Entertainment powerhouse, proud mother and budding fashion designer, NeNe Leakes shares her personal journey of inner growth and professional success.
By Amanpreet Dhami
“When you step into a public figure role, there are a lot of things that you can and cannot do, and I had to learn that,” says actress NeNe Leakes, reflecting on her seven-year stint on Bravo’s Real Housewives of Atlanta. “And, unfortunately, sometimes I had to learn that on television and in the public eye. It’s tough to grow like that on TV because people are constantly judging you, so it’s really hard to grow and evolve and sometimes you just want to lash out. But I have evolved.”
Indeed she has. Besides her enduring popularity on Real Housewives, Leakes, 46, has appeared on Celebrity Apprentice, The Fashion Police, Dancing with the Stars and showed her acting chops in roles on The New Normal and Glee. But the most important roles of her life are wife to long-time husband, Gregg Leakes, and mother to her sons, Bryson 24, and Brentt, 15.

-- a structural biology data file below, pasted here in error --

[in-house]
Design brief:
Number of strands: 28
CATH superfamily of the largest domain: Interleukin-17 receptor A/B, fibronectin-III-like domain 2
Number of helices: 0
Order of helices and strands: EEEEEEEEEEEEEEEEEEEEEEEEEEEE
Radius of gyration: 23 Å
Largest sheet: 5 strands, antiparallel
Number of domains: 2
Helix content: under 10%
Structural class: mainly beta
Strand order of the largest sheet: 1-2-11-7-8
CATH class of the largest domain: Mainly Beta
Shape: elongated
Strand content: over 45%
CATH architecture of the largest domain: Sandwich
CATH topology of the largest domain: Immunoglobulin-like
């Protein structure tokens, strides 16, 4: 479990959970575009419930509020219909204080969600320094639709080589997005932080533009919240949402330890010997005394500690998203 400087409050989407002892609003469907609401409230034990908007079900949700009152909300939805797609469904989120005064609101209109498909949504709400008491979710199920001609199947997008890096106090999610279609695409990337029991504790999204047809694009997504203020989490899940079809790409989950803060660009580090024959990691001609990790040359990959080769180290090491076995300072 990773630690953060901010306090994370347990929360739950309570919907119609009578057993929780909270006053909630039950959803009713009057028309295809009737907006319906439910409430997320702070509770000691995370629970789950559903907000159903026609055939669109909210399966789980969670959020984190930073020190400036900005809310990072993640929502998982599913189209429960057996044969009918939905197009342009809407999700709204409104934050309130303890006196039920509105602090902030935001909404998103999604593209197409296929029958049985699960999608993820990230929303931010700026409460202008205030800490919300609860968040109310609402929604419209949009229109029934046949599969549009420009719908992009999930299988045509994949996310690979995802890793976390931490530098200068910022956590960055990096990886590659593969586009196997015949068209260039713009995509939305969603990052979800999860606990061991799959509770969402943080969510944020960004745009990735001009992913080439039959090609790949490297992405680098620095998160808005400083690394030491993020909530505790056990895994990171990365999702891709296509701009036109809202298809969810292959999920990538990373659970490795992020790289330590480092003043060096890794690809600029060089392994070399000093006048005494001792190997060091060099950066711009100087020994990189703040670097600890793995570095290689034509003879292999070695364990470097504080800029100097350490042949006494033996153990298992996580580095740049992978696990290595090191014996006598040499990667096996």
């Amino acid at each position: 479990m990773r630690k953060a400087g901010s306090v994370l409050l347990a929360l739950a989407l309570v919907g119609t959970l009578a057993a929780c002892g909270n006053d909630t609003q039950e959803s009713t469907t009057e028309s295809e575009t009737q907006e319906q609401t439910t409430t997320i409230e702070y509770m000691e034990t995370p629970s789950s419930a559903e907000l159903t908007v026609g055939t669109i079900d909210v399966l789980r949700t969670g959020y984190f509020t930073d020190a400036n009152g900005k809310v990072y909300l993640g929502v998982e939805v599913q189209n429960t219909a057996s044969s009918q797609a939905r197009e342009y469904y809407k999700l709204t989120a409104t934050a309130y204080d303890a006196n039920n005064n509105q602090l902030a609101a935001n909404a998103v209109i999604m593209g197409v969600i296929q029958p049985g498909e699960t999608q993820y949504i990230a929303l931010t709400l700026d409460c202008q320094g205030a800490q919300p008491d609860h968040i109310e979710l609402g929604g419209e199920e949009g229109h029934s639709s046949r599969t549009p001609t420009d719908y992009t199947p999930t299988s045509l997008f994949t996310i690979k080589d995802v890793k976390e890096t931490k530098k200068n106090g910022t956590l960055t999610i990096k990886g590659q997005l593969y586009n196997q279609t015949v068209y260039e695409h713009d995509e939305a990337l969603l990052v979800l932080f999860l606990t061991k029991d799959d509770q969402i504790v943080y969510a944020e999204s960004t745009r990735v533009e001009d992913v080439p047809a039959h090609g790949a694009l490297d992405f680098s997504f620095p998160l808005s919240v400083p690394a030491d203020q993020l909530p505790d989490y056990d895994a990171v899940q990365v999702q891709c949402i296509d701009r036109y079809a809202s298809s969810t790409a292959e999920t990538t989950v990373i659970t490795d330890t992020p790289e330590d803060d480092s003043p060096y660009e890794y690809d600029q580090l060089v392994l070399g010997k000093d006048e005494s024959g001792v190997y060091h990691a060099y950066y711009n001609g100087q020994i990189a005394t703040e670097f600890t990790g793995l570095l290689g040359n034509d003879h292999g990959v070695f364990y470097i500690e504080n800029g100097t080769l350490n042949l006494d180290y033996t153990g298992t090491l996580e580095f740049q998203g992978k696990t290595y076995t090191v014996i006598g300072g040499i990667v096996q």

“If I didn’t have my family and my children I would not be NeNe at all,” Leakes says. “My husband and my two boys are like the world to me. My family just means everything to me. That’s all I can tell you, without them there is no me.”
But family life wasn’t always easy. Leakes had her first son, Bryson, in her early 20s, single and still in college. “Bryson is the reason why I work so hard,” she says. “When he was young I would do whatever I had to do to provide for him. The moment they put that baby in my arms and I looked in his eyes I was like, ‘I have to give him a good life. I have to give him everything.’”
That same feeling of maternal love happened again, 10 years later, with the birth of Brentt.
“Having two kids that are that far apart in age is good and bad,” says Leakes. “One thing that is bad is that they both grew up as if they were the only child. When Bryson was 18, Brentt was nine.
He and his little brother never got to share things. They didn’t get to play together. They won’t have memories saying, ‘We were brothers playing together.’” On the other hand, Leakes points out: “My eldest son could always help me out a lot when Brentt was a baby.”